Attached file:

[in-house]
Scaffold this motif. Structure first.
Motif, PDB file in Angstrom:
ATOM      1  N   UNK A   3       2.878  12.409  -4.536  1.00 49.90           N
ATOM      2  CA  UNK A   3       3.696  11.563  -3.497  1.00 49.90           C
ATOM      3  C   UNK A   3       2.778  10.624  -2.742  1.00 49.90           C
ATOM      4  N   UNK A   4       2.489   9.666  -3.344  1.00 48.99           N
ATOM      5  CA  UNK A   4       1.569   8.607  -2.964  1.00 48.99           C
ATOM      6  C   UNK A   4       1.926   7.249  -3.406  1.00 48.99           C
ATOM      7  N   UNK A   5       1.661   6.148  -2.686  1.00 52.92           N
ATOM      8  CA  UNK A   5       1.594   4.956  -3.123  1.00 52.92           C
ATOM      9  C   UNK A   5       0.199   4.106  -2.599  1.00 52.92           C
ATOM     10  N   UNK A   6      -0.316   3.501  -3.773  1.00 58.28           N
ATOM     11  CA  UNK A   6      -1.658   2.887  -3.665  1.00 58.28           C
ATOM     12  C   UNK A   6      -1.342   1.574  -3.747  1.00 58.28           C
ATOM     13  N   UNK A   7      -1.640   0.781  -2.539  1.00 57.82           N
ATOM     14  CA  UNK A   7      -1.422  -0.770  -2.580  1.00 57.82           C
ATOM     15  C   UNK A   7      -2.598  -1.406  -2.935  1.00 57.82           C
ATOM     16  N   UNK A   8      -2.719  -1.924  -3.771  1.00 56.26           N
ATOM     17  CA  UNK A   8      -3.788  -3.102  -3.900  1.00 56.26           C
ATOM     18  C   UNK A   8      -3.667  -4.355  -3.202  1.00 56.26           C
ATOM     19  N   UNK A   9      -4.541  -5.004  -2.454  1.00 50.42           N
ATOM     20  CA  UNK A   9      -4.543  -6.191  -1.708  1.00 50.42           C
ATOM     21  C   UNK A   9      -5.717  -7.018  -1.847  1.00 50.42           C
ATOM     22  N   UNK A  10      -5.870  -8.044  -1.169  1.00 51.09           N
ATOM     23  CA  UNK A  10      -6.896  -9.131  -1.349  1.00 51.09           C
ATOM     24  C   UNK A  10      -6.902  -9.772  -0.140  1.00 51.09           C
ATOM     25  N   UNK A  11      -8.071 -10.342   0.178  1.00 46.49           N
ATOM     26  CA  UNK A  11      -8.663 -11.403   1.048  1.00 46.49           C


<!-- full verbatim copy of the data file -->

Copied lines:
[in-house]
Scaffold this motif. Structure first.
Motif, PDB file in Angstrom:
ATOM      1  N   UNK A   3       2.878  12.409  -4.536  1.00 49.90           N
ATOM      2  CA  UNK A   3       3.696  11.563  -3.497  1.00 49.90           C
ATOM      3  C   UNK A   3       2.778  10.624  -2.742  1.00 49.90           C
ATOM      4  N   UNK A   4       2.489   9.666  -3.344  1.00 48.99           N
ATOM      5  CA  UNK A   4       1.569   8.607  -2.964  1.00 48.99           C
ATOM      6  C   UNK A   4       1.926   7.249  -3.406  1.00 48.99           C
ATOM      7  N   UNK A   5       1.661   6.148  -2.686  1.00 52.92           N
ATOM      8  CA  UNK A   5       1.594   4.956  -3.123  1.00 52.92           C
ATOM      9  C   UNK A   5       0.199   4.106  -2.599  1.00 52.92           C
ATOM     10  N   UNK A   6      -0.316   3.501  -3.773  1.00 58.28           N
ATOM     11  CA  UNK A   6      -1.658   2.887  -3.665  1.00 58.28           C
ATOM     12  C   UNK A   6      -1.342   1.574  -3.747  1.00 58.28           C
ATOM     13  N   UNK A   7      -1.640   0.781  -2.539  1.00 57.82           N
ATOM     14  CA  UNK A   7      -1.422  -0.770  -2.580  1.00 57.82           C
ATOM     15  C   UNK A   7      -2.598  -1.406  -2.935  1.00 57.82           C
ATOM     16  N   UNK A   8      -2.719  -1.924  -3.771  1.00 56.26           N
ATOM     17  CA  UNK A   8      -3.788  -3.102  -3.900  1.00 56.26           C
ATOM     18  C   UNK A   8      -3.667  -4.355  -3.202  1.00 56.26           C
ATOM     19  N   UNK A   9      -4.541  -5.004  -2.454  1.00 50.42           N
ATOM     20  CA  UNK A   9      -4.543  -6.191  -1.708  1.00 50.42           C
ATOM     21  C   UNK A   9      -5.717  -7.018  -1.847  1.00 50.42           C
ATOM     22  N   UNK A  10      -5.870  -8.044  -1.169  1.00 51.09           N
ATOM     23  CA  UNK A  10      -6.896  -9.131  -1.349  1.00 51.09           C
ATOM     24  C   UNK A  10      -6.902  -9.772  -0.140  1.00 51.09           C
ATOM     25  N   UNK A  11      -8.071 -10.342   0.178  1.00 46.49           N
ATOM     26  CA  UNK A  11      -8.663 -11.403   1.048  1.00 46.49           C